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Antibiotics: Challenges, Mechanisms, Opportunities

Editors: Christopher Walsh1, Timothy Wencewicz2
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Affiliations: 1: ChEM-H Institute, Stanford University; 2: Department of Chemistry, Washington University in St. Louis
Content Type: Textbook
Format: Hardcover
Publication Year: 2016

Category: Bacterial Pathogenesis

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focuses on antibiotics as small organic molecules, from both natural and synthetic sourcFes. Understanding the chemical scaffold and functional group structures of the major classes of clinically useful antibiotics is critical to understanding how antibiotics interact selectively with bacterial targets.

This textbook details how classes of antibiotics interact with five known robust bacterial targets: cell wall assembly and maintenance, membrane integrity, protein synthesis, DNA and RNA information transfer, and the folate pathway to deoxythymidylate. It addresses the universe of bacterial resistance, from the concept of the resistome to the three major mechanisms of resistance: antibiotic destruction, antibiotic active efflux, and alteration of antibiotic targets. Antibiotics also covers the biosynthetic machinery for the major classes of natural product antibiotics.

Authors Christopher Walsh and Timothy Wencewicz provide compelling answers to these questions:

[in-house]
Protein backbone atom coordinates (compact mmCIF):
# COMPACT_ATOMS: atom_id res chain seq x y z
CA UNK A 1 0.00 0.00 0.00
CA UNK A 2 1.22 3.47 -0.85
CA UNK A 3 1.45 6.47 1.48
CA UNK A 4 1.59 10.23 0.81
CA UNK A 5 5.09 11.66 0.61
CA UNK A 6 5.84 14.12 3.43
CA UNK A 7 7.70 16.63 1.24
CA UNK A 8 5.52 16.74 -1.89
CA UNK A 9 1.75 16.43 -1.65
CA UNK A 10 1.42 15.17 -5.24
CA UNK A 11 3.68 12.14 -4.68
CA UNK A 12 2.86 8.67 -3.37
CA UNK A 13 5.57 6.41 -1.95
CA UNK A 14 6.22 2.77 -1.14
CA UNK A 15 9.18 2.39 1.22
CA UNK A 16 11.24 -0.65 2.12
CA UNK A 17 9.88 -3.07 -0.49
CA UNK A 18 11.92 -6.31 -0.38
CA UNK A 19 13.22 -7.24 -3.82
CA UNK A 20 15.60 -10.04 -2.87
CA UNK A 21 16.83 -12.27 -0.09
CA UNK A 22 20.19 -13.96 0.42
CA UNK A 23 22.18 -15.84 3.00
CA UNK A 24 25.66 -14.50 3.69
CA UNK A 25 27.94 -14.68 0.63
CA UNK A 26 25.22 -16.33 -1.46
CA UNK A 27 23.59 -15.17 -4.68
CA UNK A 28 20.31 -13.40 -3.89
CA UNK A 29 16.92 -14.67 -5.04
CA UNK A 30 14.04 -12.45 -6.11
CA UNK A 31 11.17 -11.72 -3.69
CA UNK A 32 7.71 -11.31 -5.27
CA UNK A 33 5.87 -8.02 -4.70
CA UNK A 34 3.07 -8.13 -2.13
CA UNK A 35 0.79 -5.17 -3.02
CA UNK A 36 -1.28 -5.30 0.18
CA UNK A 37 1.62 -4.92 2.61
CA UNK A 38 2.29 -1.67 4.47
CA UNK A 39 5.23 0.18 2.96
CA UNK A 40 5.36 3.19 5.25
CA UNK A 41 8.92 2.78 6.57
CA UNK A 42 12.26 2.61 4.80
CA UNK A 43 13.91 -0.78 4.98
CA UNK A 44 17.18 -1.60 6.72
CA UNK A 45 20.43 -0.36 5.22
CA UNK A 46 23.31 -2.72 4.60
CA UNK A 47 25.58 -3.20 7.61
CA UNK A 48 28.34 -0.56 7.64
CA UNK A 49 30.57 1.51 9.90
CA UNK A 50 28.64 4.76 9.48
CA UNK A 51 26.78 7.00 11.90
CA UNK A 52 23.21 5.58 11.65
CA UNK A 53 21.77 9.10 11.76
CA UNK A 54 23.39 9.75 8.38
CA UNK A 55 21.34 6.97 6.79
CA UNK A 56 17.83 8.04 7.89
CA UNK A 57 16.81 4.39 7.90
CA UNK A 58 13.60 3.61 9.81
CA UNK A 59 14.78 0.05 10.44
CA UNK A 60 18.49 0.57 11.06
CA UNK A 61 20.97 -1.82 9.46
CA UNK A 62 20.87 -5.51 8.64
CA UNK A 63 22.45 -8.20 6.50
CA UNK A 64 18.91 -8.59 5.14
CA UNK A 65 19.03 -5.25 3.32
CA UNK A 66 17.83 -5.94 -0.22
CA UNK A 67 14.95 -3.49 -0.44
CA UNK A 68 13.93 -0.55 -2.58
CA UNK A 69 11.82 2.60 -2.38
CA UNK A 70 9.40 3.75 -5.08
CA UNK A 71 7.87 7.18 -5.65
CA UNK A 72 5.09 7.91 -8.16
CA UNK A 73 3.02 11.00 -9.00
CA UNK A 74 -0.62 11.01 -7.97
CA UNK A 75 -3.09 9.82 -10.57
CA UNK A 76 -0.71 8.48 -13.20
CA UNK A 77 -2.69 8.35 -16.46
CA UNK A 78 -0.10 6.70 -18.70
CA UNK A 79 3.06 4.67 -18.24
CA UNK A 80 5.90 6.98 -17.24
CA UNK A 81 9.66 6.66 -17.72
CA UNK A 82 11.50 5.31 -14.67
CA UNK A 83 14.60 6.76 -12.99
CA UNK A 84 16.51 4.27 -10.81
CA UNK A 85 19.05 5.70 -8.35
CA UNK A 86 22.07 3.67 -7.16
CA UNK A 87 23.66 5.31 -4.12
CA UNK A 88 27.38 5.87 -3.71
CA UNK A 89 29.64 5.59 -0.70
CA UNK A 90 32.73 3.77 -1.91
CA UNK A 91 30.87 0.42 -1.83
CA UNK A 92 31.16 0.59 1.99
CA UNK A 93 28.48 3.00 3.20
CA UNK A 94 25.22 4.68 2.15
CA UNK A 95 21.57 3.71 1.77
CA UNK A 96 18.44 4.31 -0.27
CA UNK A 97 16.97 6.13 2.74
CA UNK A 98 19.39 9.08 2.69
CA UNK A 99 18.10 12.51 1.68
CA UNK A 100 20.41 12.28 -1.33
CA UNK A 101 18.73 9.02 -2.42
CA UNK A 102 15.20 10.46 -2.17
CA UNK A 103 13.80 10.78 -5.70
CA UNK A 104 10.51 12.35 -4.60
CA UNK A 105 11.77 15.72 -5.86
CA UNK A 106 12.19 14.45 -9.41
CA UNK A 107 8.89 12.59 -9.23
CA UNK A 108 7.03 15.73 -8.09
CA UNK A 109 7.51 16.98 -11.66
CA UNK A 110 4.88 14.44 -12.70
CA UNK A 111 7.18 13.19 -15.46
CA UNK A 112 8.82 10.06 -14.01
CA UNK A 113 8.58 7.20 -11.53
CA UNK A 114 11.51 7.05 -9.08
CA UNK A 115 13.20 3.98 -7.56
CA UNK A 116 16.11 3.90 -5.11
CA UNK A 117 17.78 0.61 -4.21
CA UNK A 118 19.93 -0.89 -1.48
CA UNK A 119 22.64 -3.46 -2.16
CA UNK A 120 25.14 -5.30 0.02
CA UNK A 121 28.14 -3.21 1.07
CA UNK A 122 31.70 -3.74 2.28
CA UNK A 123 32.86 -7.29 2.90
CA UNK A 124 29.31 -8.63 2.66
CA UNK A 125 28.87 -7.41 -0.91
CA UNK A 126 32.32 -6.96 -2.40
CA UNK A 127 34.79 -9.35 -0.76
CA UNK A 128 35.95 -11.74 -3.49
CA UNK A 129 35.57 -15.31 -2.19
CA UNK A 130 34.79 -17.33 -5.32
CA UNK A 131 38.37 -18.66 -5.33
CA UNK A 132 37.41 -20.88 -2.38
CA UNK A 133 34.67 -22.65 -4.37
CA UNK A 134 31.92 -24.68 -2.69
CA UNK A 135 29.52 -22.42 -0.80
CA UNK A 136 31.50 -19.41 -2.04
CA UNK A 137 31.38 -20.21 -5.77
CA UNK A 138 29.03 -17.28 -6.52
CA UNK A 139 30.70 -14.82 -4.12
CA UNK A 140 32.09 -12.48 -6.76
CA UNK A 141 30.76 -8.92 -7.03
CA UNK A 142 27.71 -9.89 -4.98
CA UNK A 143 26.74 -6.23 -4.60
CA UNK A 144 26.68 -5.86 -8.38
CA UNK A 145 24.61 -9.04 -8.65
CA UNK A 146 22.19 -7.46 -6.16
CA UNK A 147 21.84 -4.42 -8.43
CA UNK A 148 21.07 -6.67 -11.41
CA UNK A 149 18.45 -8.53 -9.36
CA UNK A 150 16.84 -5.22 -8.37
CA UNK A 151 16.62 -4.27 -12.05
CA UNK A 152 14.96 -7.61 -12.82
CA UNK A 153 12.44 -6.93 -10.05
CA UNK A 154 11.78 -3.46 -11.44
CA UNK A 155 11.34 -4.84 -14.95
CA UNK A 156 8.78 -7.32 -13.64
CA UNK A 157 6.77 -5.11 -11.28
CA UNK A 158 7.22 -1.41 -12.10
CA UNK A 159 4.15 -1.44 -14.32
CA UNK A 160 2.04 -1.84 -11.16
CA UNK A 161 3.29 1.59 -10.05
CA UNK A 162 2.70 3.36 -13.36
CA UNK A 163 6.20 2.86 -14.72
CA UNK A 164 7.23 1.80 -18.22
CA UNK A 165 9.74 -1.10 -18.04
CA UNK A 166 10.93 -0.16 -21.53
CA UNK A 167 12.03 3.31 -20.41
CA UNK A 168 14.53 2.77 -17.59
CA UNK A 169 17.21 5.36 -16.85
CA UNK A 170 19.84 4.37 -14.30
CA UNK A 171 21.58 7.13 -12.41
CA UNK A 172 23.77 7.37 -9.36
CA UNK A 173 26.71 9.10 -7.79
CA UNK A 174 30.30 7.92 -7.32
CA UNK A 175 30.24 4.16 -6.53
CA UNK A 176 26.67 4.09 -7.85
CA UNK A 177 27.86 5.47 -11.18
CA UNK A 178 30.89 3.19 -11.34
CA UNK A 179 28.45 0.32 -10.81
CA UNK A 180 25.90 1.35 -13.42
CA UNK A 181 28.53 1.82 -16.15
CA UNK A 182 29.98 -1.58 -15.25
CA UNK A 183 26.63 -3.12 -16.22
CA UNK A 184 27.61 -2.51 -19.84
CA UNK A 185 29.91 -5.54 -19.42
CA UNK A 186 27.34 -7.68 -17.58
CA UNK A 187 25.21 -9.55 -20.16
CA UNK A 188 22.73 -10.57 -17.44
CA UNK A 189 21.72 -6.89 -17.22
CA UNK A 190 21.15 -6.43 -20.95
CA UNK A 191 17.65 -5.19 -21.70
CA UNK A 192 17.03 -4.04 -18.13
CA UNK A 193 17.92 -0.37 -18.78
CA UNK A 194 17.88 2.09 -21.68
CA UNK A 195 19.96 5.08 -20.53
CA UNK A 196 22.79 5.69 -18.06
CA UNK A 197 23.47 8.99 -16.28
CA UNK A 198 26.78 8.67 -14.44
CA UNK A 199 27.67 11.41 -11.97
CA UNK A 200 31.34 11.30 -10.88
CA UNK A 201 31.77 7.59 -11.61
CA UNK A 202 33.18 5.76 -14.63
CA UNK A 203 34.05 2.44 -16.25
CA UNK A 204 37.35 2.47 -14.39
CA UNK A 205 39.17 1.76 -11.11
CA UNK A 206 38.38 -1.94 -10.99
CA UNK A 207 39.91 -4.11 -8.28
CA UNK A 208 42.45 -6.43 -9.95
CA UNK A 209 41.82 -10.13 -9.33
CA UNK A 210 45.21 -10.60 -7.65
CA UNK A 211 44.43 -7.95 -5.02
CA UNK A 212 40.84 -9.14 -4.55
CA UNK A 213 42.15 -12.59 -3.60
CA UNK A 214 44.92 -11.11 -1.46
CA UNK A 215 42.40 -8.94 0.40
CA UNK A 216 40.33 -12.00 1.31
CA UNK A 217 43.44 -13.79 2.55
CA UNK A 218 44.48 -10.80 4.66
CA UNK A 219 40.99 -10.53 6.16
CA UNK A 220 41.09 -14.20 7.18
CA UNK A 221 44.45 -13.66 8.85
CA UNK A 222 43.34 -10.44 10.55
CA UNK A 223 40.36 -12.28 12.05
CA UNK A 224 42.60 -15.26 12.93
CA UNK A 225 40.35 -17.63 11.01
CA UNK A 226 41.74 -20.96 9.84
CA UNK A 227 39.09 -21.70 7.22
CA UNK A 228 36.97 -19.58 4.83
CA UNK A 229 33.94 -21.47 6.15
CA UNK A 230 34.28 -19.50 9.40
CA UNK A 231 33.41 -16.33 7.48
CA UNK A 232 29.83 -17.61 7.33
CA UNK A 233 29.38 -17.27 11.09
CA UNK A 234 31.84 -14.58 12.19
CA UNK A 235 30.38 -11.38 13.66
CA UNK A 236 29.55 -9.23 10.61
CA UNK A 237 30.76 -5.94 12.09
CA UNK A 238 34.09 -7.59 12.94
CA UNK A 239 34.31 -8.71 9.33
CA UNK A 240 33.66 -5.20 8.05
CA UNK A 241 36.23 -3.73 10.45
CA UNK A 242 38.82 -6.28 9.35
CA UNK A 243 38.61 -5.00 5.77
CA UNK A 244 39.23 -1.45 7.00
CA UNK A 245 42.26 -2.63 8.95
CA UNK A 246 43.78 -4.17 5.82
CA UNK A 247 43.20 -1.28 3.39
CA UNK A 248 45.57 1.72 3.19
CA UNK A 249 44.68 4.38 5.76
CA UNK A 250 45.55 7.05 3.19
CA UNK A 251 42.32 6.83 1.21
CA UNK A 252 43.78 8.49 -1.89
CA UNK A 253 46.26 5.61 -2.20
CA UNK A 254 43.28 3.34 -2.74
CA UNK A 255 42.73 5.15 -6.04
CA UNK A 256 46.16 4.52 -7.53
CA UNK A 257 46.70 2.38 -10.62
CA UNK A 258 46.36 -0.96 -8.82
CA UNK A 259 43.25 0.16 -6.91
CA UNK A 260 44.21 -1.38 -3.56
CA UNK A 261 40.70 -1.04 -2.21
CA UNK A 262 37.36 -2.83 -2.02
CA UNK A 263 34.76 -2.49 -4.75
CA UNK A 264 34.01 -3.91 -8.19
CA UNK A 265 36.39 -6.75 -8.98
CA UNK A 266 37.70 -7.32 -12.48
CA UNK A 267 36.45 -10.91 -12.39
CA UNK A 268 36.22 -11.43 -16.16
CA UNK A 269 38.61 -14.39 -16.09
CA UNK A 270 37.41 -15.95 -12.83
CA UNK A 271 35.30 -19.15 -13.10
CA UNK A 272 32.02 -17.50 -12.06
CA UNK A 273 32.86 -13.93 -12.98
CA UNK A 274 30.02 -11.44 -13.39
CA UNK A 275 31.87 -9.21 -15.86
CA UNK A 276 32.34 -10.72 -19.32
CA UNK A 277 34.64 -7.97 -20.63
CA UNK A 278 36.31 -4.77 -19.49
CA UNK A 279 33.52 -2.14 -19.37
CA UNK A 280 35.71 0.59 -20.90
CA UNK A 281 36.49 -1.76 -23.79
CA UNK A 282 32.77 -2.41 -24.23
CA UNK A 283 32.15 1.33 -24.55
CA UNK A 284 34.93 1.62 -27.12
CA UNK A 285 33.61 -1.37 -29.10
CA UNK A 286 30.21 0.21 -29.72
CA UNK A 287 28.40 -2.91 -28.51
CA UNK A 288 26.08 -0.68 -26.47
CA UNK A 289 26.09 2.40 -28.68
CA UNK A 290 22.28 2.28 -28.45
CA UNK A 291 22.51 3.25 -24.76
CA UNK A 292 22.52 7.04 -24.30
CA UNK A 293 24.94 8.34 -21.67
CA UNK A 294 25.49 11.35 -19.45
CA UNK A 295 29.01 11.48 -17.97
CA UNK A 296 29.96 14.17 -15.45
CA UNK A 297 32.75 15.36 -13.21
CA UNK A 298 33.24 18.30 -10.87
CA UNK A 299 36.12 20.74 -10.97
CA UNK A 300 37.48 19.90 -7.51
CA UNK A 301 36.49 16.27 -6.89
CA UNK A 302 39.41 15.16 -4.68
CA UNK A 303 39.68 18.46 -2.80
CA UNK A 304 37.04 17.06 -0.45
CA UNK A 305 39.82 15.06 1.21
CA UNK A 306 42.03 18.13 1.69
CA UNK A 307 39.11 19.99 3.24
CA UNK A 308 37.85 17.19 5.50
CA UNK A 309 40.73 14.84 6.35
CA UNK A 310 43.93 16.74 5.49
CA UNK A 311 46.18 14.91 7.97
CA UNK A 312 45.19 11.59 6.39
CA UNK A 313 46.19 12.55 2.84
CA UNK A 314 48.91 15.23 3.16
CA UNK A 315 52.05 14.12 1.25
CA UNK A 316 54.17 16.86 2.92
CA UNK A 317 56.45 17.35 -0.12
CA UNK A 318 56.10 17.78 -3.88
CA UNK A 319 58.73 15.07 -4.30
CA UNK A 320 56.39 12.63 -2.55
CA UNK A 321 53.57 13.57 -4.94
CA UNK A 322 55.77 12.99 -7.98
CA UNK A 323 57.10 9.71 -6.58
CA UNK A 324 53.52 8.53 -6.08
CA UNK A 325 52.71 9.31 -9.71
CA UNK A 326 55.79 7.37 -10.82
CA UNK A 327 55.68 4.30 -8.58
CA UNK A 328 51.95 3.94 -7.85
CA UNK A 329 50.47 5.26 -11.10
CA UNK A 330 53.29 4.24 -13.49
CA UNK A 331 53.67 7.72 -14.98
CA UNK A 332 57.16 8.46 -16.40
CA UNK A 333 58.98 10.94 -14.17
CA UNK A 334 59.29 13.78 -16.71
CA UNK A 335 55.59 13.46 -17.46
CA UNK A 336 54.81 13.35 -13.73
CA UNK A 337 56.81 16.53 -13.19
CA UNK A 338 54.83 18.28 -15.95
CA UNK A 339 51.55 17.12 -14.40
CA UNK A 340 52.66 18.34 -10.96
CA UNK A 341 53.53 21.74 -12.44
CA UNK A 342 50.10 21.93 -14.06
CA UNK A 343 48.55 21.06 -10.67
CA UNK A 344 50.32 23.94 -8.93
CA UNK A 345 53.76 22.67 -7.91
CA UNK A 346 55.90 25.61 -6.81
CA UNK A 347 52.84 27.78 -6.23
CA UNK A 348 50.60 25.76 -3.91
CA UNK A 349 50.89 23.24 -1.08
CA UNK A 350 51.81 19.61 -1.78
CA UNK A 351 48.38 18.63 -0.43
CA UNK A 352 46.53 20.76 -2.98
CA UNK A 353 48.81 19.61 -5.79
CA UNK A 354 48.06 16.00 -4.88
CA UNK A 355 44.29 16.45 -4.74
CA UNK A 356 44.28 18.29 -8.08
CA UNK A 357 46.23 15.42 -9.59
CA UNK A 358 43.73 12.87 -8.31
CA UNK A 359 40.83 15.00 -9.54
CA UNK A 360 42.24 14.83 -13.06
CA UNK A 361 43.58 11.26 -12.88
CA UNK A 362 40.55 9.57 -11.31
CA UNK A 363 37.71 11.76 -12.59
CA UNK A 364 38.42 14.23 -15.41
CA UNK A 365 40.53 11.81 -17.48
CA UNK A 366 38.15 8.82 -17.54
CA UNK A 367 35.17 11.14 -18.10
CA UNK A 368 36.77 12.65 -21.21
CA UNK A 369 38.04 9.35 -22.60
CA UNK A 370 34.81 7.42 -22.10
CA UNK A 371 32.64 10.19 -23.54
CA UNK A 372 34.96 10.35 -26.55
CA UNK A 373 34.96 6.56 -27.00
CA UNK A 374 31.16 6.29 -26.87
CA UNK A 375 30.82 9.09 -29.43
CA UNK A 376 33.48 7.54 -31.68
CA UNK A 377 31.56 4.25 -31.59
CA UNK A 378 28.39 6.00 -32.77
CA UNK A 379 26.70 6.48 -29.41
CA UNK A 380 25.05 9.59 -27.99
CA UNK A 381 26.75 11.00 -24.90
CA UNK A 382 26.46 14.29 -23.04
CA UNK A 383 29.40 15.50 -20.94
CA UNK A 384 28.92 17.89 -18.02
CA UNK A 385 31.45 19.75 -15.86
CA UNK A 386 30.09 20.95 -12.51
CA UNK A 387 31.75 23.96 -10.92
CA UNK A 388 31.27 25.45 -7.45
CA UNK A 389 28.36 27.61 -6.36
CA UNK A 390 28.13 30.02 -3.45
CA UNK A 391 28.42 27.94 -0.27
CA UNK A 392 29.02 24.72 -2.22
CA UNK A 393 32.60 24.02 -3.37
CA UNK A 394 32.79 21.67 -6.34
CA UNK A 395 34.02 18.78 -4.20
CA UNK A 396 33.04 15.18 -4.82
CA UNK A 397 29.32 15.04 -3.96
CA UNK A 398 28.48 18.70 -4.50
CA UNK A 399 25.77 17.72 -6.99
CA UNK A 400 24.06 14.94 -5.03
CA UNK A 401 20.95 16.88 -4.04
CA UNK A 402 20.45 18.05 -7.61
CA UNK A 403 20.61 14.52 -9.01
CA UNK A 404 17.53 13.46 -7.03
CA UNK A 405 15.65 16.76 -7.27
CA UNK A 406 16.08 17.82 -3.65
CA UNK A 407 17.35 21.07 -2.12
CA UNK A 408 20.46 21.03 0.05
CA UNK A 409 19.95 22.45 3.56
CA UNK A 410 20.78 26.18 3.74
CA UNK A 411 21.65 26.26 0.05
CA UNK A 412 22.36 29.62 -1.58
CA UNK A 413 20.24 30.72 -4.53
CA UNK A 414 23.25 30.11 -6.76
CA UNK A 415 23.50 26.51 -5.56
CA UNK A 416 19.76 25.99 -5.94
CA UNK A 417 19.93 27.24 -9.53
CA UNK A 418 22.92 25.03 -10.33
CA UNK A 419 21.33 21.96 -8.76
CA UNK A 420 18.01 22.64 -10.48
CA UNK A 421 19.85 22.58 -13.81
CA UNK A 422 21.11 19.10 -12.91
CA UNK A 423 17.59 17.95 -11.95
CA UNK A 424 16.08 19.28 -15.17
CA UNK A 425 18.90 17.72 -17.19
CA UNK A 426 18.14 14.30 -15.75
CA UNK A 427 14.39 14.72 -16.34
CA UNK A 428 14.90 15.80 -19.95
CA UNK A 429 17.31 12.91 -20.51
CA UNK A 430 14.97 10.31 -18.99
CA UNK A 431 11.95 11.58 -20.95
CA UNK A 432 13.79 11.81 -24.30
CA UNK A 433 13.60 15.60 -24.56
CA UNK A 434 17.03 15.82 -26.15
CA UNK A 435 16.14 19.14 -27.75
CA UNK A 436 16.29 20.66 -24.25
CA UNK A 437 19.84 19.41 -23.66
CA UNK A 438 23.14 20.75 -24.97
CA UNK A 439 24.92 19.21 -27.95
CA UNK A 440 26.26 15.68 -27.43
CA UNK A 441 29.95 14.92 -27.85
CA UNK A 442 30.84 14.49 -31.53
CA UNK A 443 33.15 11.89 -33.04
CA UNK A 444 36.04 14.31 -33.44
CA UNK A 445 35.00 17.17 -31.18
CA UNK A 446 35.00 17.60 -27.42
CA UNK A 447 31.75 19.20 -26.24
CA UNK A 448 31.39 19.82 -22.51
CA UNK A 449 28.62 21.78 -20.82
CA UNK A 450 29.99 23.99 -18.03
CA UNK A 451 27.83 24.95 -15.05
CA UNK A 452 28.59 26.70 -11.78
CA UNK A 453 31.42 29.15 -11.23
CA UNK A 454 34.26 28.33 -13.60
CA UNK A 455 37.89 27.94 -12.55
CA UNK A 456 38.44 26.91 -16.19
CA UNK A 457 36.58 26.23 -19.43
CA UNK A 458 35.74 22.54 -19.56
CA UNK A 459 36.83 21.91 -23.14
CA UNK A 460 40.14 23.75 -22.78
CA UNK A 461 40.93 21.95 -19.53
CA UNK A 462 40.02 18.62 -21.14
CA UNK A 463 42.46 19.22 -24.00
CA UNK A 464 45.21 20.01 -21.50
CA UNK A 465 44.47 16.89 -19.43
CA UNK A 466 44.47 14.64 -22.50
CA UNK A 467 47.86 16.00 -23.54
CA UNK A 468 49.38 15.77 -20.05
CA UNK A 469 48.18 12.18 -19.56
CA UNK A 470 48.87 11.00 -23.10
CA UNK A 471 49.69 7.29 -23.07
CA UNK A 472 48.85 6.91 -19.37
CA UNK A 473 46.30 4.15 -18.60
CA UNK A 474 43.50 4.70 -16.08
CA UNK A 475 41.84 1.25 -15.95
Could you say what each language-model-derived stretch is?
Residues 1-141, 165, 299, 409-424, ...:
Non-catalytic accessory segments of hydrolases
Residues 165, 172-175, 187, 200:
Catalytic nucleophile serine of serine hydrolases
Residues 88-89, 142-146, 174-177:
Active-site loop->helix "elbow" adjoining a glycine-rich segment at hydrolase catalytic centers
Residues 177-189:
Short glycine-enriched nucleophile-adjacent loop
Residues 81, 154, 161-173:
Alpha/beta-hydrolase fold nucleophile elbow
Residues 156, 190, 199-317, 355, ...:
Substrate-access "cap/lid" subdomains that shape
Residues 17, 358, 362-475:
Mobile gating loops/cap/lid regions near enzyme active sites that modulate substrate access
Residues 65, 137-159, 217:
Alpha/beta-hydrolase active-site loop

• What are antibiotics?
  • Where do antibiotics come from?
  • How do antibiotics work?
  • Why do antibiotics stop working?
  • How should our limited inventory of effective antibiotics be addressed?

is a textbook for graduate courses in chemical biology, pharmacology, medicinal chemistry, microbiology and biochemistry courses. It is also a valuable reference for microbiologists, biological and natural product chemists, pharmacologists, and research and development scientists.

“This book provides all the information needed to understand antibiotic genetics, biochemistry, mechanism of action and resistance. Most importantly, Walsh and Wencewicz are optimistic of the prospects of the discovery of novel therapeutic agents obtained by the manipulation of strains and biosynthetic pathways. This beautifully written book deserves to be read and implemented by everyone, especially the pessimists who believe that the antibiotic era has ended. In Antibiotics: Challenges, Mechanisms, Opportunities, Walsh and Wencewicz provide the definitive, ultimate compendium of everything antibiotic.”

— Julian Davies, Professor of Microbiology and Immunology, Life Sciences Institute, University of British Columbia Vancouver

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